State regulators are moving toward stricter oversight of natural gas pipelines, though officials say that effort began before the Allentown explosion that killed five people one year yesterday.
“We’ve been really taking a close look, partly because of some of the tragic incidents, but also because of the expansion of Marcellus Shale in the state,” said Jennifer Kocher, spokeswoman for thePennsylvania Public Utility Commission.
The PUC is currently accepting public comment on a proposal that would require natural gas utilities to annually submit pipeline replacement and performance plans.
If the new rules — proposed on Nov. 10 — take effect, utilities with intrastate operating revenues of more than $40 million would have to file plans this spring or summer with final approval scheduled for late 2012 or early 2013.
The plans basically require utilities to submit replacement time frames for aging pipes as well as updates on damage prevention and corrosion control efforts.
The PUC said it is also enhancing “frost patrol” reviews — winter surveys that gas utilities conduct to assess how safely pipes can endure freezing temperatures — to demand more frequent and detailed updates.
The state said it regularly reviews safety protocols, though it acknowledged the Feb. 9, 2011, explosion added urgency.
The explosion, which leveled an entire block of homes on North 13th Street, is believed to have resulted from a break in a UGI Utilities natural gas main.
The PUC said a surge in natural gas drilling relating to Marcellus Shale as well as a need to bring state standards in better compliance with evolving federal regulations influenced the changes.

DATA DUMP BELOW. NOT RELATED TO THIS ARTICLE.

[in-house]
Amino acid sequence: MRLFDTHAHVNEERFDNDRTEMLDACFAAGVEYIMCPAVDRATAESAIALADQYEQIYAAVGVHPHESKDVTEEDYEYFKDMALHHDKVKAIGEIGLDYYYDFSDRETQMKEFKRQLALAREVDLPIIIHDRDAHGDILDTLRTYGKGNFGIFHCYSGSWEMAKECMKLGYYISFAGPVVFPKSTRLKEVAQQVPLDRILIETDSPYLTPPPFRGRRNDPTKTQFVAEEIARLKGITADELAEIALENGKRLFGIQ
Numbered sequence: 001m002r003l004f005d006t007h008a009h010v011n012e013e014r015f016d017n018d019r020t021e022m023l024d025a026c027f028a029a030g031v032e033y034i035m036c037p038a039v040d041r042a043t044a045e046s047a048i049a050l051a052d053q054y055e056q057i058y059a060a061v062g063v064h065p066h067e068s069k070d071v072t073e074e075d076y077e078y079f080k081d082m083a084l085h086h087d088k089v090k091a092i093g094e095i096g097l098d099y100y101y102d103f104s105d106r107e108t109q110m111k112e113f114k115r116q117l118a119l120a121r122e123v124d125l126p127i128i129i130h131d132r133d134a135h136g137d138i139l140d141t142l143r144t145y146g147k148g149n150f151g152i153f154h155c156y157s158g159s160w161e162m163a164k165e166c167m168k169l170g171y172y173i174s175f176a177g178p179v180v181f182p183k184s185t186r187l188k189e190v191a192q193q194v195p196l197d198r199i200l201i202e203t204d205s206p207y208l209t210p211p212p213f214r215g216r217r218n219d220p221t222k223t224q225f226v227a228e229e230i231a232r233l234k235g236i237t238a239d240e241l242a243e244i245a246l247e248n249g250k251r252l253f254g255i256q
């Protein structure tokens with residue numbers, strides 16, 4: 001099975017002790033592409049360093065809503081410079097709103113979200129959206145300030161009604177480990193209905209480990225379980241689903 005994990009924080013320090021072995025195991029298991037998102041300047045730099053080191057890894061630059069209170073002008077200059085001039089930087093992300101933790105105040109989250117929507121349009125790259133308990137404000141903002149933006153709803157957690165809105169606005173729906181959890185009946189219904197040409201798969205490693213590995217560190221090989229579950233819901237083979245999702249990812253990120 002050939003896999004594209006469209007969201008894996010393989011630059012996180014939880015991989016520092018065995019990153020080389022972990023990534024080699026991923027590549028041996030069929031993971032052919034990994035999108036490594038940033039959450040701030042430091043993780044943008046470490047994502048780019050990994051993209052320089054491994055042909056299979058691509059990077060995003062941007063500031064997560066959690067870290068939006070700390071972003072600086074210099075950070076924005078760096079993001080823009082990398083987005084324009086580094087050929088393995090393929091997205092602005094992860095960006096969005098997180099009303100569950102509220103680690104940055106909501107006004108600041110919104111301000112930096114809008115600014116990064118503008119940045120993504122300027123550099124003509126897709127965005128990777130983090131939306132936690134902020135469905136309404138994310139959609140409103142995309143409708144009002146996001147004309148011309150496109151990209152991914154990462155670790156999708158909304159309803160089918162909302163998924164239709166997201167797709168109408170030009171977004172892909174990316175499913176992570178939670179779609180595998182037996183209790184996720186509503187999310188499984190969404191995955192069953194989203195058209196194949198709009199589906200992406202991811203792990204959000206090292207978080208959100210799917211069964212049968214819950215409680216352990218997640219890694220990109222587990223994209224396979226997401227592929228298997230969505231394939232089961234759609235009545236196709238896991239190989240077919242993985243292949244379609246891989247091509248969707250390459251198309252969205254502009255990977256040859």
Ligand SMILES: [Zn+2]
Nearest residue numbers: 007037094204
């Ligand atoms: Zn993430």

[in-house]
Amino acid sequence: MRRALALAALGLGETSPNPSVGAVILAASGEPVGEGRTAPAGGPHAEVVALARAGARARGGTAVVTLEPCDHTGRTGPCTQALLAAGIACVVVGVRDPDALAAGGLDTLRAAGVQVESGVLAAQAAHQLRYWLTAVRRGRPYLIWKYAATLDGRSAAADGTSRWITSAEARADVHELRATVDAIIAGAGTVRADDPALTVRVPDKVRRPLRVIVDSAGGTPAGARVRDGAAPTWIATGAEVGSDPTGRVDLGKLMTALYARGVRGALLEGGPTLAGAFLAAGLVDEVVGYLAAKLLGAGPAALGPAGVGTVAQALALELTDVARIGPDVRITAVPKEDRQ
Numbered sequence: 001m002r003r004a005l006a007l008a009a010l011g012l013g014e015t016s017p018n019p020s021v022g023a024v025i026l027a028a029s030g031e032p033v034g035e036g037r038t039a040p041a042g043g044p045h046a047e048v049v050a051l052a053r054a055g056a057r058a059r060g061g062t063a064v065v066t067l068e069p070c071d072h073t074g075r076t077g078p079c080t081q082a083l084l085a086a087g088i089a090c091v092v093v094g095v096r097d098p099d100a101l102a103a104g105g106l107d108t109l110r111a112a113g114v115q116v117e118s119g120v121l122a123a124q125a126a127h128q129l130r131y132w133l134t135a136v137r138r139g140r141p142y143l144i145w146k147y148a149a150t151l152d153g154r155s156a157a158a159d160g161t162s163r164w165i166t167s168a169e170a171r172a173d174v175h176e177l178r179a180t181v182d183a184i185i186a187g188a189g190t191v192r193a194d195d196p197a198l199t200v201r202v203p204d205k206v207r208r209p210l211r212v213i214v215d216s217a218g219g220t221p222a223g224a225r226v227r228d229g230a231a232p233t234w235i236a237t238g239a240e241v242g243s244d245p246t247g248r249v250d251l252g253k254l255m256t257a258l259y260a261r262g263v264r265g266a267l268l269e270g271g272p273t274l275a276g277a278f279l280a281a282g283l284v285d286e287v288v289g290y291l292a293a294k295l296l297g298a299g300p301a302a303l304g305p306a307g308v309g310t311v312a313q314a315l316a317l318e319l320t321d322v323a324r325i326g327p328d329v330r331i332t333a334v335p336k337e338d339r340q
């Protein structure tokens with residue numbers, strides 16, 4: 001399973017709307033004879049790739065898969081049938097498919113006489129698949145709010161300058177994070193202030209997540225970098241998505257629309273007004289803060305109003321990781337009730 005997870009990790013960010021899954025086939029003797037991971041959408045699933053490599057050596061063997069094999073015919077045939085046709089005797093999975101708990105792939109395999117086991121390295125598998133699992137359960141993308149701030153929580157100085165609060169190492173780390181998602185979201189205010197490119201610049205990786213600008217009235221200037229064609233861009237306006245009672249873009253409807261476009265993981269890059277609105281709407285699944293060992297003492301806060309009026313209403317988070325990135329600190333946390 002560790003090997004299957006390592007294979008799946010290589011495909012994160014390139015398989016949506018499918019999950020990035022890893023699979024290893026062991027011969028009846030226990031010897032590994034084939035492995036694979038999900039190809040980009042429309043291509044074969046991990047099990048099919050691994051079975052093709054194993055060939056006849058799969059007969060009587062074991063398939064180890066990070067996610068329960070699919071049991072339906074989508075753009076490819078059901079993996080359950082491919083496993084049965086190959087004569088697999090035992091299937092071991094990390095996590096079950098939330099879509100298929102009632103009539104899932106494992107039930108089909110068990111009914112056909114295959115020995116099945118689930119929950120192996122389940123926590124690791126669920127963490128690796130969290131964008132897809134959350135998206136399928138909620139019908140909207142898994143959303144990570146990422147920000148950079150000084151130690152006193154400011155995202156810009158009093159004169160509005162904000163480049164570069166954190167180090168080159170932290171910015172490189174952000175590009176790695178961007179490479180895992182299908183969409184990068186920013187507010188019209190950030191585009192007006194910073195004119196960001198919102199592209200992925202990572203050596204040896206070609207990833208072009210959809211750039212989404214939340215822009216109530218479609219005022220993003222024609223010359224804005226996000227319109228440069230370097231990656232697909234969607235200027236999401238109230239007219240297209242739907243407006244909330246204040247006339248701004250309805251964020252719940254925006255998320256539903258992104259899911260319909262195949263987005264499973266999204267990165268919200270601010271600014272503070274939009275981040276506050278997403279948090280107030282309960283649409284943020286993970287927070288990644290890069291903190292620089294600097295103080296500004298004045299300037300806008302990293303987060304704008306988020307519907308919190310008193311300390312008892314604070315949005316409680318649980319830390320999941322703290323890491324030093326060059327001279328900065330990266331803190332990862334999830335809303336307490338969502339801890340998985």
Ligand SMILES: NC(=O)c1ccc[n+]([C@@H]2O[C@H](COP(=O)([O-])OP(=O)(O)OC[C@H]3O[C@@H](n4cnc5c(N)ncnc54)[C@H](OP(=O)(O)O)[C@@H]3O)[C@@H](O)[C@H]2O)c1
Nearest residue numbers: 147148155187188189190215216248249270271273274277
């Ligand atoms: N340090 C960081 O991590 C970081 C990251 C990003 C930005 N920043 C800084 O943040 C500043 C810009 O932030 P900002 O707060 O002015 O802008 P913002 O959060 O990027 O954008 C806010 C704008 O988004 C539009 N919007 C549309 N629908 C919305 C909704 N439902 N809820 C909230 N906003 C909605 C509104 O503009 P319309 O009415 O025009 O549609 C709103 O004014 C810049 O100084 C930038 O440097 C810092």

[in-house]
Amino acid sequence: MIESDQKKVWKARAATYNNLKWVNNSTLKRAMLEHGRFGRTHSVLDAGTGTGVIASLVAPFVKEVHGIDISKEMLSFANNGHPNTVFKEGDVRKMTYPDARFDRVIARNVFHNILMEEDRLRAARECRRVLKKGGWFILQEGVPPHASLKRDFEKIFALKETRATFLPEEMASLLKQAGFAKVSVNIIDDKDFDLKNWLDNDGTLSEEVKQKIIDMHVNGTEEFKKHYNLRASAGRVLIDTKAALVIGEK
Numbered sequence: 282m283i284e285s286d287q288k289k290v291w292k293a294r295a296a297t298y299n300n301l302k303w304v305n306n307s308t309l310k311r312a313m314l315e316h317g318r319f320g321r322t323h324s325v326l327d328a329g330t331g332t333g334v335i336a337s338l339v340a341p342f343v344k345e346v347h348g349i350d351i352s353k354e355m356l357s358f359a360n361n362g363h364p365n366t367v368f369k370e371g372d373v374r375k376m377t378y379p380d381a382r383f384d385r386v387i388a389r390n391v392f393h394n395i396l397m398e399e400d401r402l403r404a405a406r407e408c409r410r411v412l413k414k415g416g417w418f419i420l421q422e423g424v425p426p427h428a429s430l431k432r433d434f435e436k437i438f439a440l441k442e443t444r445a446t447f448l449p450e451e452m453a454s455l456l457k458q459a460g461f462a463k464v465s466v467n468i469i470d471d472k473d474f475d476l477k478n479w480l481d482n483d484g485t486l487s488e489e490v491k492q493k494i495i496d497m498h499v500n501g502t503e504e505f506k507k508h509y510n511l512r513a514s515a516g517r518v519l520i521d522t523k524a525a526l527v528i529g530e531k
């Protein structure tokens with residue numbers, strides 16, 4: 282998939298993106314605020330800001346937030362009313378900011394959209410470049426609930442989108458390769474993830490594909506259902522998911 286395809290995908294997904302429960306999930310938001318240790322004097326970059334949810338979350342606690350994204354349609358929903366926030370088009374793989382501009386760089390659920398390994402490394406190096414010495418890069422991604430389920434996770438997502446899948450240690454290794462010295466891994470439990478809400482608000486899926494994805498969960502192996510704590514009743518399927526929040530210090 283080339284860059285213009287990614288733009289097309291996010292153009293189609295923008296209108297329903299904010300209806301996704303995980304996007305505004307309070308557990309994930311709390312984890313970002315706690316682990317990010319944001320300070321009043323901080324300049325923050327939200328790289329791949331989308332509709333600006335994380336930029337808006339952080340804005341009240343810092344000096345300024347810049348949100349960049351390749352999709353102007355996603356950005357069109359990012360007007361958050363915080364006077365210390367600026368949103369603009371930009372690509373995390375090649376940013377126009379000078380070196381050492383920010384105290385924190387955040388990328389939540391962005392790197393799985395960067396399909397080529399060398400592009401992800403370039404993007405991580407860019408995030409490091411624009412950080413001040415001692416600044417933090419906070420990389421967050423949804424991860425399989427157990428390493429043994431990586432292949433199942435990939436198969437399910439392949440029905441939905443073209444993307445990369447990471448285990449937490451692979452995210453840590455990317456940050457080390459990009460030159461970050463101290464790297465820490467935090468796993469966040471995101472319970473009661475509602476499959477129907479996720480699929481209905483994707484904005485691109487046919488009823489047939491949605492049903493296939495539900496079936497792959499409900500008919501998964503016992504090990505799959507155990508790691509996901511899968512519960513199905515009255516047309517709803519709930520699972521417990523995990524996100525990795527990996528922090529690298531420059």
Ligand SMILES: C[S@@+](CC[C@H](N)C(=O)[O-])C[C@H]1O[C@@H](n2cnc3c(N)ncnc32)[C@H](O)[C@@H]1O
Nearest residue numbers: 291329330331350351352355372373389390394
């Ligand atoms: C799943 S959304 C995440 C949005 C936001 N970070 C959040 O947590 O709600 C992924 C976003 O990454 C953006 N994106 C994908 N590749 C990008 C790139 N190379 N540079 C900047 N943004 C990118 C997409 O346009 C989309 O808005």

Reading-based UGI said it supports the state revisions. The company said it began upgrading procedures before the blast, though it admitted making further improvements, such as conducting more comprehensive leak surveys, after the explosion.
That coincides with the company’s accelerated timeframe for replacing cast-iron pipe with high-density plastic or coated steel, UGI spokesman Joseph Swope said.
“We have been aggressive,” Swope said. “We have accelerated those plans.”
Other nearby utilities said the explosion prompted a review of safety protocols, though none said they changed policy directly because of the Allentown blast.
PECO Gas spokesman Ben Armstrong said the company, which serves Bucks, Montgomery, and other counties, spends about $80 million a year to maintain its natural gas system.
Armstrong said PECO conducts walking surveys on all transmission pipelines every two months, leak inspections every six months, and annual inspection of valves, among other reviews.
“None of the procedures were revised directly because to the incidents in Allentown or Philadelphia,” Armstrong said, referring to another explosion last year that killed a Philadelphia Gas Works employee. “We have a vigorous maintenance and inspection system in place.”
Elizabethtown Gas, a subsidiary of AGL Resources serving Warren and Hunterdon counties, said system upgrades are ongoing irrespective of the blast.
Spokesman Duane Bourne said Elizabethtown is completing a $108 million improvement plan approved by the New Jersey Board of Public Utilities that would replace 70 miles of aging cast-iron pipe across its New Jersey service area. Work began in 2009.